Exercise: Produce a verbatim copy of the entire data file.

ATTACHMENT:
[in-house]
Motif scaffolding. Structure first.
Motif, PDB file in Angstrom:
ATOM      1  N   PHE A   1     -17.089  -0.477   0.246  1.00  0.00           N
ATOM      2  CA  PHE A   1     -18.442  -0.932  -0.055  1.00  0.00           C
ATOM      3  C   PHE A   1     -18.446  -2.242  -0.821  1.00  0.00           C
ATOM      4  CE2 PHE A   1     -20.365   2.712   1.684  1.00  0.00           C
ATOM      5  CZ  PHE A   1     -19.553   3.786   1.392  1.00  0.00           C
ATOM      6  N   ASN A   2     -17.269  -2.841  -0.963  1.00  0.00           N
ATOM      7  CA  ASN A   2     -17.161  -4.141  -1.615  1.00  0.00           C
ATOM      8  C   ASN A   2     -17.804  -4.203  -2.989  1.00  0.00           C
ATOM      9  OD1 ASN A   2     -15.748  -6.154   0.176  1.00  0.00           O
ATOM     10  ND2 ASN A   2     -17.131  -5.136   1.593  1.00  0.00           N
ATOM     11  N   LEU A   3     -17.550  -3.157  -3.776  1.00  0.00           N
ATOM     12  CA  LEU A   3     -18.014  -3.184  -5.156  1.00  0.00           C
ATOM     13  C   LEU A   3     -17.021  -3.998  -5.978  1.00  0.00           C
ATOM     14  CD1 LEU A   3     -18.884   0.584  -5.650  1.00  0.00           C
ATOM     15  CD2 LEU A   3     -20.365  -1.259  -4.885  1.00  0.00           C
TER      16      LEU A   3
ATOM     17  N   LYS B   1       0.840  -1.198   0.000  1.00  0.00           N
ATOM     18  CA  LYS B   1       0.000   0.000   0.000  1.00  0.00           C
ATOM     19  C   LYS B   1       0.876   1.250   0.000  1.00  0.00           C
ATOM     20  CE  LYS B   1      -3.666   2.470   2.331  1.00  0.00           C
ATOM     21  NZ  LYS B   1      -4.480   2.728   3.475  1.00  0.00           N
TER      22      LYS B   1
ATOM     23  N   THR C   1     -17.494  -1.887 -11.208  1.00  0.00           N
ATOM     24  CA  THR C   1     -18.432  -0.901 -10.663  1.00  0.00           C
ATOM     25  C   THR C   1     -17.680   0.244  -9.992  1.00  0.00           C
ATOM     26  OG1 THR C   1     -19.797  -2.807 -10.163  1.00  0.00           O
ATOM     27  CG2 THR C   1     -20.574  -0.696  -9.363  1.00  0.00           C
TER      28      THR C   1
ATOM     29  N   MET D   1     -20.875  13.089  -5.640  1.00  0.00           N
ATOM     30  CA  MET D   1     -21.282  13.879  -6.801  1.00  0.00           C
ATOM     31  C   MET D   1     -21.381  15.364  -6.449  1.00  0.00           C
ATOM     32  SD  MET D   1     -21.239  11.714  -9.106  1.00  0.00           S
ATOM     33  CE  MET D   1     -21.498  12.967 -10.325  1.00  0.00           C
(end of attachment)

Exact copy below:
[in-house]
Motif scaffolding. Structure first.
Motif, PDB file in Angstrom:
ATOM      1  N   PHE A   1     -17.089  -0.477   0.246  1.00  0.00           N
ATOM      2  CA  PHE A   1     -18.442  -0.932  -0.055  1.00  0.00           C
ATOM      3  C   PHE A   1     -18.446  -2.242  -0.821  1.00  0.00           C
ATOM      4  CE2 PHE A   1     -20.365   2.712   1.684  1.00  0.00           C
ATOM      5  CZ  PHE A   1     -19.553   3.786   1.392  1.00  0.00           C
ATOM      6  N   ASN A   2     -17.269  -2.841  -0.963  1.00  0.00           N
ATOM      7  CA  ASN A   2     -17.161  -4.141  -1.615  1.00  0.00           C
ATOM      8  C   ASN A   2     -17.804  -4.203  -2.989  1.00  0.00           C
ATOM      9  OD1 ASN A   2     -15.748  -6.154   0.176  1.00  0.00           O
ATOM     10  ND2 ASN A   2     -17.131  -5.136   1.593  1.00  0.00           N
ATOM     11  N   LEU A   3     -17.550  -3.157  -3.776  1.00  0.00           N
ATOM     12  CA  LEU A   3     -18.014  -3.184  -5.156  1.00  0.00           C
ATOM     13  C   LEU A   3     -17.021  -3.998  -5.978  1.00  0.00           C
ATOM     14  CD1 LEU A   3     -18.884   0.584  -5.650  1.00  0.00           C
ATOM     15  CD2 LEU A   3     -20.365  -1.259  -4.885  1.00  0.00           C
TER      16      LEU A   3
ATOM     17  N   LYS B   1       0.840  -1.198   0.000  1.00  0.00           N
ATOM     18  CA  LYS B   1       0.000   0.000   0.000  1.00  0.00           C
ATOM     19  C   LYS B   1       0.876   1.250   0.000  1.00  0.00           C
ATOM     20  CE  LYS B   1      -3.666   2.470   2.331  1.00  0.00           C
ATOM     21  NZ  LYS B   1      -4.480   2.728   3.475  1.00  0.00           N
TER      22      LYS B   1
ATOM     23  N   THR C   1     -17.494  -1.887 -11.208  1.00  0.00           N
ATOM     24  CA  THR C   1     -18.432  -0.901 -10.663  1.00  0.00           C
ATOM     25  C   THR C   1     -17.680   0.244  -9.992  1.00  0.00           C
ATOM     26  OG1 THR C   1     -19.797  -2.807 -10.163  1.00  0.00           O
ATOM     27  CG2 THR C   1     -20.574  -0.696  -9.363  1.00  0.00           C
TER      28      THR C   1
ATOM     29  N   MET D   1     -20.875  13.089  -5.640  1.00  0.00           N
ATOM     30  CA  MET D   1     -21.282  13.879  -6.801  1.00  0.00           C
ATOM     31  C   MET D   1     -21.381  15.364  -6.449  1.00  0.00           C
ATOM     32  SD  MET D   1     -21.239  11.714  -9.106  1.00  0.00           S
ATOM     33  CE  MET D   1     -21.498  12.967 -10.325  1.00  0.00           C